So the next morning dawned without much rest, and I decided on the way to dropping the 1 year old off at day care, that the list of names was “fine.” I mean, sure, maybe I could go back through all the free agents and double check that I hadn’t glossed over a rising star, or forgotten an obvious name, but that would take the entire morning and I had a video conference for work I needed to attend. In the end, I decided it would be Okay; The sheet had a great mix of young, promising talent, and grizzled, veteran leadership. Undoubtedly, the perfect Bulls point guard was somewhere in that mix.
With my pool of free agents settled, I needed to put all their important stats up on the spreadsheet, and to do that I had to ask myself, what makes a point guard great? A great point guard drives the lane and sets up his teammates, naturally I added a bunch of assist stats to the spreadsheet. A great point guard spreads the floor with their shooting, I included some 3 point stats. In the case of the Bulls, a great point guard needs to be a decent defender as a compliment to Zach LaVine, that means stats like steals and blocks and defensive rating should be included on the spreadsheet. But point guards don’t really get a lot of blocks, so maybe not blocks. And if I was including defensive rating, I may as well add offensive rating, and net rating to the sheet.
Picking the important stats was coming along nicely, but I felt I was missing a key ingredient or three, that would really reflect what the Bulls needed not just in their point guard, but from their roster as a whole. I needed some inspiration, so I went back to the source.
Arturas Karnisovas, in his end of season presser, said that the Bulls needed to get better in three areas, drawing fouls, limiting turnovers, and reducing the number of fouls they committed. Et Voila! The three most important stats fell into place: Free throw attempts, turnovers, and personal fouls.
I jumped on nba.com and started adding stats from the 2020-21 regular season for each player to the spreadsheet. I was halfway through when another brilliant idea popped into my noggin: Not every player played the same number of minutes per game, or same number of games in the season, these straight stats were going to be lopsided! I decided using an all encompassing set of numbers, one that can be applied to all players equally would be the solution to my problem. I conveniently selected the “Per 36 Minutes” set of stats to right this wrong, mostly because I happened to see it just below the traditional “Per Game” stats. With my new direction plotted, I erased all the stats I had previously input into the spreadsheet and looked up each players “Per 36 Minutes” stats and began, once again, adding the new numbers into the spreadsheet.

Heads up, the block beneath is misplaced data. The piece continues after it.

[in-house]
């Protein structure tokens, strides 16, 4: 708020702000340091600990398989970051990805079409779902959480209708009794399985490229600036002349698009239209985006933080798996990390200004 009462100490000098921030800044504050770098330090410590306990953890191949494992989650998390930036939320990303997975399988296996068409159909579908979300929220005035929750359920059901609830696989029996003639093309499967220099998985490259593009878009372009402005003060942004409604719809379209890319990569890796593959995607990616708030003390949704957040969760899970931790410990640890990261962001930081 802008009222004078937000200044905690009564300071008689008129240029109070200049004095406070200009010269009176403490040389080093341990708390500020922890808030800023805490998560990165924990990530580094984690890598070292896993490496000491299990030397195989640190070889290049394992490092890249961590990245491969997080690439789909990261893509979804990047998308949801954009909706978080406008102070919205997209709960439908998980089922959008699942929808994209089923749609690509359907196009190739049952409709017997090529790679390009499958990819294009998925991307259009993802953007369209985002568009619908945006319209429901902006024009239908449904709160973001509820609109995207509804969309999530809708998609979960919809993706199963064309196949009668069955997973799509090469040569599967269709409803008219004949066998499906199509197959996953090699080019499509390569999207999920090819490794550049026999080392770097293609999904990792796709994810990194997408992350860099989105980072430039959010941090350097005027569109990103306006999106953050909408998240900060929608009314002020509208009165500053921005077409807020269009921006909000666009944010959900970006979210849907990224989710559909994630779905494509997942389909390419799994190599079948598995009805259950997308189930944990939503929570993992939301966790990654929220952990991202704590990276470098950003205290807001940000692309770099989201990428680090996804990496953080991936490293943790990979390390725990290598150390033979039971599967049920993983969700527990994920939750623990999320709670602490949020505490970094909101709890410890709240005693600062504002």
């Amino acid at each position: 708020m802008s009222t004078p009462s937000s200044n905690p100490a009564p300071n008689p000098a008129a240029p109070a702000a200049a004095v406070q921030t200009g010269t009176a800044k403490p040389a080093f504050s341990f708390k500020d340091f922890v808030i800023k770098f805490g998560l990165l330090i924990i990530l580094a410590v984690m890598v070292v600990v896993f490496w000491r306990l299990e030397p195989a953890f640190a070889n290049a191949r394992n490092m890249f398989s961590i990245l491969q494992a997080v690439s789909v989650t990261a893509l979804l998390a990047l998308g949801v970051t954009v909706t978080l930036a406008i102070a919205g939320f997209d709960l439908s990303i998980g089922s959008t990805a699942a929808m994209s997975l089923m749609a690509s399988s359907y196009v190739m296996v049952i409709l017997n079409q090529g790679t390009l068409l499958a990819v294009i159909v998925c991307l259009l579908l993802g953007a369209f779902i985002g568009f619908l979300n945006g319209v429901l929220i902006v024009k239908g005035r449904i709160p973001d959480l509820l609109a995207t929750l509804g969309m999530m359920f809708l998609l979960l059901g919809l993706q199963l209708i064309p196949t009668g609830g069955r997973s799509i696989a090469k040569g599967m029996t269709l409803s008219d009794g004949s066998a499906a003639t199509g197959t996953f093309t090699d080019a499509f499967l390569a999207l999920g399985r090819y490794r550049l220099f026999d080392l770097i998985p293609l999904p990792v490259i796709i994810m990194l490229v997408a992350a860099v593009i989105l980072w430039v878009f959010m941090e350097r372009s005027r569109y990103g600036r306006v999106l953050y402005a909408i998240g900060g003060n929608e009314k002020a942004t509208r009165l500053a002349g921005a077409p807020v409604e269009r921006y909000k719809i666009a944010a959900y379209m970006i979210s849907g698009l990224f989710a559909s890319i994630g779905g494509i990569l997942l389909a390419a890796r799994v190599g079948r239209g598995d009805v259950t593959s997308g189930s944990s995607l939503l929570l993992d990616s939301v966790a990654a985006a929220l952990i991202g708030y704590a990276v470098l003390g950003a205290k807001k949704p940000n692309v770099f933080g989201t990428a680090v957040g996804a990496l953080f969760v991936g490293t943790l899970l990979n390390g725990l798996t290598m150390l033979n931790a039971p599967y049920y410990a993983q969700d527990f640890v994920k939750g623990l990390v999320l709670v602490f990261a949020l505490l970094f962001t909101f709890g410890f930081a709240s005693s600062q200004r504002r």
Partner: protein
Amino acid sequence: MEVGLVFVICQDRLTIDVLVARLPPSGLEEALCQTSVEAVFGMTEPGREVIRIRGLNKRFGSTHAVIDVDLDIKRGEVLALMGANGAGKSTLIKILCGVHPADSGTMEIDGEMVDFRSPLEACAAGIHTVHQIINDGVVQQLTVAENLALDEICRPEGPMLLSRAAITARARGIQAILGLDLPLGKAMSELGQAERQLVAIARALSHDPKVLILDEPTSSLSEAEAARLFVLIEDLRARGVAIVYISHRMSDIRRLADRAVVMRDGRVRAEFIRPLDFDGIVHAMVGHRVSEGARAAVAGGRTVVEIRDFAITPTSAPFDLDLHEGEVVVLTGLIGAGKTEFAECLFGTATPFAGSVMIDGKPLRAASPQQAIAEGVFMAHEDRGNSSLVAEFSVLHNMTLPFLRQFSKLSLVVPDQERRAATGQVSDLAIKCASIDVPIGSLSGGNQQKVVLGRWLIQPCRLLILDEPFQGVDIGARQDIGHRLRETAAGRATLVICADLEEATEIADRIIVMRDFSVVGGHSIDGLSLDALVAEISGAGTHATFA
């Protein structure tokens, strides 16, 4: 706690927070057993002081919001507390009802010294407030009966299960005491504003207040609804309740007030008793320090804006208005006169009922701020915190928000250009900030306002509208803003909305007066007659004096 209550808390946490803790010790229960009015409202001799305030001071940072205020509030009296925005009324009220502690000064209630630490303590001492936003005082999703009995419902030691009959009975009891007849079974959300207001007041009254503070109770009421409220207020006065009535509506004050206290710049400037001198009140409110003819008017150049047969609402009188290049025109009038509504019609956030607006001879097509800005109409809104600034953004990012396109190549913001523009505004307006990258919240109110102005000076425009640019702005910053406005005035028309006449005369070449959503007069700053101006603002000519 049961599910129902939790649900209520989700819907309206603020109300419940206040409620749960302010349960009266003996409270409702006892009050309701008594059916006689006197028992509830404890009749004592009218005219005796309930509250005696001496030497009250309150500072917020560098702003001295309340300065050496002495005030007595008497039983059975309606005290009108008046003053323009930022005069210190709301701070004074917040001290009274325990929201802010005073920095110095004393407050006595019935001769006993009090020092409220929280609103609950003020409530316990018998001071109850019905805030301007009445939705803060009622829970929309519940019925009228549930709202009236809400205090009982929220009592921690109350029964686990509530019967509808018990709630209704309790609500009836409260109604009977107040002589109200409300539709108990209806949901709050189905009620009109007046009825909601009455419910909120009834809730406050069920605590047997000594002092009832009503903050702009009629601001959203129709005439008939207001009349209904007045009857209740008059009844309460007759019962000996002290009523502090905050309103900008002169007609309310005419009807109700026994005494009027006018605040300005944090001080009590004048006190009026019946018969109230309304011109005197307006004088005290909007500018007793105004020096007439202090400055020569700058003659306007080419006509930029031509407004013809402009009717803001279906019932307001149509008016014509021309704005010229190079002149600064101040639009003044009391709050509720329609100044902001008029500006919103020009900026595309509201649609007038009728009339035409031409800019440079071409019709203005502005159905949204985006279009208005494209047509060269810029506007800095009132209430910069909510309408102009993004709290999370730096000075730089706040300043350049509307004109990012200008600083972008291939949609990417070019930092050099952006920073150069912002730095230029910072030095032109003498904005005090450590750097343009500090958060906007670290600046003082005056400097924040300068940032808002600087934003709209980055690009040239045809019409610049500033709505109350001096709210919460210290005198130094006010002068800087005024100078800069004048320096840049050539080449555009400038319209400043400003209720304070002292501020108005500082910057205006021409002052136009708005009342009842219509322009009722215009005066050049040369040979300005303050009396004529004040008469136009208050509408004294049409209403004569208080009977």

By now I was well into day 3 of the project. Who would have believed that transferring stat lines from a website to a spreadsheet would be so time consuming? Every few hours my wife would check in on me and tell me how proud she was of me for using a spreadsheet. “Not now woman! Can’t you see your husband is trying to save the Chicago Bulls franchise??!!!”
Whenever a genius threatens to upend the very fabric of how we perceive reality, they meet resistance from the forces that benefit the most from maintaining the status quo, I believe Immanuel Kant said that just before he cut Martin Heidegger’s right hand off with a lightsaber. In my case, this proved even truer than Kant’s descent to the Dark Side.
Several times over the course of several days, nba.com’s stats pages refused to display the very data I needed to complete the spreadsheet. It was as if the powers that be DID NOT WANT me to succeed in my quest to find the perfect free agent point guard for the Chicago Bulls. I suspect the NBA, and maybe Basketball at large, had figured out what I was up to and couldn’t allow me to upset their very profitable little apple cart.
The work stoppages and whirling Spirals of Perpetually Loading stats became so frequent and vexing that I was forced to find an alternate source for my data.
Enter basketball-reference.com, the peoples website for basketball stats.